Sweet Sixteen
Elite Eight
Final Four
#15 Portland State
#10 Indiana
#6 South Dakota State
#1 Mississippi State
#1 Baylor
W 78–40
W 91–68
W 63–53
W 88–84
L 72–67
2021 #6Round of 64
Round of 32
Sweet Sixteen
#11 South Dakota
#3 Georgia
#2 Louisville
W 67–47
W 57–50
L 60–42
2022 #5Round of 64#12 BelmontL 70–73 OT

Historical NCAA Tournament Seeding

Years → '82 '84 '87 '94 '95 '96 '97 '98 '99 '00 '01 '05 '17 '18 '19 '20 '21 '22
Seeds →631066116125613101022N/A65

Pac-10/12 Tournament Seeding

Years →'02'03'04'05'06'07'08'09'10'11'12'13'14'15'16'17'18'19'20'21'22
Seeds→758286776991210106611142

Current roster

2021–22 Oregon Ducks women's basketball team
PlayersCoaches
Pos.#NameHeightYearPrevious schoolHometown
G 0Ahlise Hurst5 ft 9 in(1.75 m)Sr Bendigo Sr. Secondary
New Mexico
Bendigo, Australia
F 1Nyara Sabally6 ft 5 in(1.96 m)RS JrRotteck Gymnasium Berlin, Germany
G 3Taylor Bigby6 ft 1 in(1.85 m)Fr Centennial HS Las Vegas, NV
G 4Endyia Rogers5 ft 7 in(1.7 m)Jr Bishop Lynch HS
USC
Dallas, TX
F 5Shannon Dufficy6 ft 2 in(1.88 m)Sr Our Lady of Mercy
Utah State
Missouri
Melbourne, Australia
F 10Chanaya Pinto6 ft 1 in(1.85 m)JrCarçavelos
NW Florida College
Maputo, Mozambique
F 11Taylor Hosendove6 ft 2 in(1.88 m)Sr Westlake HS
Clemson
Georgia State
Atlanta, GA
F 12Te-Hina Paopao5 ft 9 in(1.75 m)So La Jolla Country Day Oceanside, CA
C 15Phillipina Kyei6 ft 8 in(2.03 m)Fr Crestwood Prep Calgary, AB
F 22Kylee Watson6 ft 4 in(1.93 m)So Mainland Linwood, NJ
G 23Maddie Scherr5 ft 11 in(1.8 m)So Ryle Florence, KY
F 32 Sedona Prince 6 ft 7 in(2.01 m)RS Jr Liberty Hill HS
Texas
Liberty Hill, TX
G 33Sydney Parrish6 ft 2 in(1.88 m)So Hamilton Southeastern Fishers, IN
Head coach
Assistant coach(es)

Legend
  • (C) Team captain
  • (S) Suspended
  • (I) Ineligible
  • (W) Walk-on

Roster
Last update: January 19, 2022

Coaching history

Jane Spearing coached the first official season for the Ducks in 1973–74. The team finished that season with a 3–8 losing record. The 1974–75 and 1975–76 seasons were coached by Nancy Mikleton and the team posted 2–10 and 5–15 records, respectively. Head coach Elwin Heiny took over the program in 1976 and remained coach until 1993. Heiny was the first full-time coach hired for women's basketball. In his first season as head coach, Heiny coached the team to its first winning record (11–6). Jody Runge took over as head coach in 1993 and coached until 2001. She coached the Ducks to NCAA tournament appearances during each of her eight seasons as coach. Runge also spoke out for equality in women's athletics. [6] From 2001–2009, former Oregon Ducks All-American Bev Smith coached the team, posting an 83–69 overall record. Paul Westhead coached the Ducks from the 2009–10 season through the 2013–14 season. The current head coach is Kelly Graves, assisted by Associate Head Coach Mark Campbell, and Assistant Coaches Jodie Berry and Xavi López.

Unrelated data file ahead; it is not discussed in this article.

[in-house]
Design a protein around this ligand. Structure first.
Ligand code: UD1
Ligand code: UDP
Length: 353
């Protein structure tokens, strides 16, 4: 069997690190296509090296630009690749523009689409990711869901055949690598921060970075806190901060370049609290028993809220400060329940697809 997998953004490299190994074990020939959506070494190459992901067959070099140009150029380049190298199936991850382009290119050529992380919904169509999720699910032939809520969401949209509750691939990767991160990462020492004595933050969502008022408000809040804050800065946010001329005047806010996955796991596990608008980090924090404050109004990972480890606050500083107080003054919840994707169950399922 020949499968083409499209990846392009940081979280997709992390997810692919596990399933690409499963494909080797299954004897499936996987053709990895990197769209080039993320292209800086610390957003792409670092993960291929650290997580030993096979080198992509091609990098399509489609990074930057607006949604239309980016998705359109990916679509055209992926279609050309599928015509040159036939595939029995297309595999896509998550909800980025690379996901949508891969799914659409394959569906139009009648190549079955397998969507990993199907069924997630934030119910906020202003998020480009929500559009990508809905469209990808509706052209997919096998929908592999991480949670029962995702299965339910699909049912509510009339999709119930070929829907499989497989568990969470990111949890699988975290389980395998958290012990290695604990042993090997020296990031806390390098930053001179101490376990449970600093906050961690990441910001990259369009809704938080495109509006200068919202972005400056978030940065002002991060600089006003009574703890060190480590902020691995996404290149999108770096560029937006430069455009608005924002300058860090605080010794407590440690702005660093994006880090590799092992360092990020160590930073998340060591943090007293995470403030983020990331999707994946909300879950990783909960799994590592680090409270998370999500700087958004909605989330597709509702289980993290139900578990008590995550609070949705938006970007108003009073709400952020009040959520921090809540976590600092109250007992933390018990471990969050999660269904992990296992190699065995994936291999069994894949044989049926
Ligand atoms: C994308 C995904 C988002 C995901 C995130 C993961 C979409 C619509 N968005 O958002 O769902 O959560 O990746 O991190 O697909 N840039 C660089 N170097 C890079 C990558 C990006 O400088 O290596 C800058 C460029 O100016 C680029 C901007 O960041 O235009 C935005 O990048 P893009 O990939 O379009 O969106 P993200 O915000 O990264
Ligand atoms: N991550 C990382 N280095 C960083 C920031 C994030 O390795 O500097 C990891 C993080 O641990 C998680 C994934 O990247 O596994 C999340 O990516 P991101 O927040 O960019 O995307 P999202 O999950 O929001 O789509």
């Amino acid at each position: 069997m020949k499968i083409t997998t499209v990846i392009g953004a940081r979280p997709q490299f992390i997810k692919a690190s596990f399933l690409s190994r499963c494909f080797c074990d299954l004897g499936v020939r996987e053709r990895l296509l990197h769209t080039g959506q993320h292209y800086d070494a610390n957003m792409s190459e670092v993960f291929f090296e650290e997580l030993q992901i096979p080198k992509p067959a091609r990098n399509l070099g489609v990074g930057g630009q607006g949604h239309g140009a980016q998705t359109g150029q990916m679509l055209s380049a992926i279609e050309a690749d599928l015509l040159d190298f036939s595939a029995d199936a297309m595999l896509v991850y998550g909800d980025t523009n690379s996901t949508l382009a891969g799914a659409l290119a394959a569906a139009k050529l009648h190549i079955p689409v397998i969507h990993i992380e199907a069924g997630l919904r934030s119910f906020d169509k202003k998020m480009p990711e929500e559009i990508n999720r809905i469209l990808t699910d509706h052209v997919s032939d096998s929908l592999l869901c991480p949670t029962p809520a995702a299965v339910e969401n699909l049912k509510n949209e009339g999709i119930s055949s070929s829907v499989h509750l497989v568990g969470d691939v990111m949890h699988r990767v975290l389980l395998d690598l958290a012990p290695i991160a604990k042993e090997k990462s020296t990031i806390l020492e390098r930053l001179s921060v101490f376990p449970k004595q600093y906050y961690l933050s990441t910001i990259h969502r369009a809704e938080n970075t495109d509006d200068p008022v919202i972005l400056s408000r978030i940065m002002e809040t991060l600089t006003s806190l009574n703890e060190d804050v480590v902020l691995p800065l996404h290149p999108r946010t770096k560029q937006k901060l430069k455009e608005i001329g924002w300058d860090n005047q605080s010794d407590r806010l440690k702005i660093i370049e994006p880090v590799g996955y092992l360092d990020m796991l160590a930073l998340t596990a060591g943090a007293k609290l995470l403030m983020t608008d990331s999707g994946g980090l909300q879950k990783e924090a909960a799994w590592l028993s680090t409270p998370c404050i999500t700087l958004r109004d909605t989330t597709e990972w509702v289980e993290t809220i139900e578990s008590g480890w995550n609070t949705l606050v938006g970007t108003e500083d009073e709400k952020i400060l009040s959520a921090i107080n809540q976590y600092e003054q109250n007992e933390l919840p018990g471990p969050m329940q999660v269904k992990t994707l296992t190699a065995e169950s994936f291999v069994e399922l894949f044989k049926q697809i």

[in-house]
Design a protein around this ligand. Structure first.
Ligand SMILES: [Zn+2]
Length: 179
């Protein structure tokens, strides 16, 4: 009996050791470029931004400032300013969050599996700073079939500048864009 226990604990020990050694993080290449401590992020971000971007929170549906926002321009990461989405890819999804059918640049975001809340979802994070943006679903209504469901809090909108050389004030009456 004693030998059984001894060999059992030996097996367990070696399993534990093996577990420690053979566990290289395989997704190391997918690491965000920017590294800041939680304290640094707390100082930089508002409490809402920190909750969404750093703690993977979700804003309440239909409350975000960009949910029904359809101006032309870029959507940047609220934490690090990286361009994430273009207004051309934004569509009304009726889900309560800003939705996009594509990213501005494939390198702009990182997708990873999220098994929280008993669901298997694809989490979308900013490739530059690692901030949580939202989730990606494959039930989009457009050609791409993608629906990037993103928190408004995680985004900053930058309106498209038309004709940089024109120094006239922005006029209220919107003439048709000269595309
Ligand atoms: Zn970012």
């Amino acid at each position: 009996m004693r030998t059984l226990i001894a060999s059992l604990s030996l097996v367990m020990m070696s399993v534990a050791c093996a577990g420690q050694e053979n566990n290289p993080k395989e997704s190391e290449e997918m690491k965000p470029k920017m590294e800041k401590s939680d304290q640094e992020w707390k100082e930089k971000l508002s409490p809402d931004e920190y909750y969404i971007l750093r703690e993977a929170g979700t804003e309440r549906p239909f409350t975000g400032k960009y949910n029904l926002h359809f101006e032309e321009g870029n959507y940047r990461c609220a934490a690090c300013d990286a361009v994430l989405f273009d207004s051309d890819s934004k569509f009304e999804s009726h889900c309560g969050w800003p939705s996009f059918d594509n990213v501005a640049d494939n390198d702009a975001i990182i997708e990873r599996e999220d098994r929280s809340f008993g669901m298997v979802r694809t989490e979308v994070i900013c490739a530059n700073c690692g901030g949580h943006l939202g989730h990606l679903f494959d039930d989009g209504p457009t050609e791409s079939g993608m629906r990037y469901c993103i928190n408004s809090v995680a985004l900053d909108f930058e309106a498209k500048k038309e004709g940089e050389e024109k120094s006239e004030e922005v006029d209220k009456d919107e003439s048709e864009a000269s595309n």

Facilities

The early women's basketball clubs played in Gerlinger Hall on the University of Oregon campus, built in 1927 to serve as the women's gymnasium. Games eventually moved to McArthur Court (also called Mac Court and "The Pit") — one of the most renowned college athletic facilities of all time. Admission was first charged for women's games at Mac Court in 1978. The Ducks relocated when Matthew Knight Arena opened in 2011. In their first game in Matthew Knight, the women's team defeated Oregon State University in the "Civil War," 81–72.

Statistical leaders

Current through Oregon's game against Oregon State on December 13, 2020. [7] [8] [9] Players active in the 2020–21 season are in bold type.

Career leaders

  1. Qualification requirement: At least 4 attempts per game, plus at least two seasons at Oregon
  2. Qualification requirement: At least 1 attempt per game, plus at least two seasons at Oregon
  3. Qualification requirement: At least 1.5 attempts per game, plus at least two seasons at Oregon

Single-season leaders

  1. Qualification requirement: At least 4 made per game
  2. Qualification requirement: At least 1 made per game
  3. Qualification requirement: At least 2 made per game

Oregon women's basketball players in professional teams

PlayerYearDrafted TeamCurrent TeamDrafted
Nyara Sabally 2022 New York Liberty New York Liberty RD 1, 5th overall
Sabrina Ionescu 2020 New York Liberty New York Liberty RD 1, 1st overall
Satou Sabally 2020 Dallas Wings Dallas Wings RD 1, 2nd overall
Ruthy Hebard 2020 Chicago Sky Chicago Sky RD 1, 7th overall
Maite Cazorla 2019 Atlanta Dream Perfumerías Avenida RD 2, 23rd overall
Jillian Alleyne 2016 Phoenix Mercury Minnesota Lynx RD 2, 20th overall
Amanda Johnson 2012 Phoenix Mercury RetiredRD 3, 33rd overall
Taylor Lilley 2010UndraftedRetired-
Cathrine Kraayeveld 2005 San Antonio Silver Stars RetiredRD 3, 27th overall
Shaquala Williams 2003 Cleveland Rockers RetiredRD 3, 30th overall
Edniesha Curry 2002 Charlotte Sting RetiredRD 3, 41st overall
Jenny Mowe 2001 Portland Fire RetiredRD 2, 20th overall
Angelina Wolvert 2001 Cleveland Rockers RetiredRD 3, 43rd overall

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References

  1. "Web Colors". University of Oregon Brand and Style Guide. Retrieved December 10, 2019.
  2. "Society Notes," Eugene Register, vol. 9, no. 65 (Oct. 21, 1902), p. 3.
  3. 1 2 "Will Strive for Footlight Plaudits," 'Eugene Register, vol. 9, no. 133 (Jan. 9, 1903), p. 6.
  4. "Reaching a Bit Further," Emerald Sports Weekly, March 11, 1981.
  5. "2016-17 Women's Basketball Media Guide V2 - GoDucks.com - The University of Oregon Official Athletics Web Site" (PDF). www.goducks.com.
  6. "Former Oregon coach Jody Runge can't get a second chance- ESPN The Magazine".
  7. "Individual Career Records" (PDF). 2020–21 Oregon Women's Basketball Record Book. Oregon Ducks. pp. 76–77. Retrieved November 29, 2020.
  8. "Individual Single-Season Records" (PDF). 2019–20 Oregon Women's Basketball Media Guide. Oregon Ducks. p. 74–75. Retrieved November 29, 2020.
  9. "2020–21 Oregon Women's Basketball Individual Career Summaries" (PDF). Oregon Ducks. December 13, 2020. Retrieved December 14, 2020.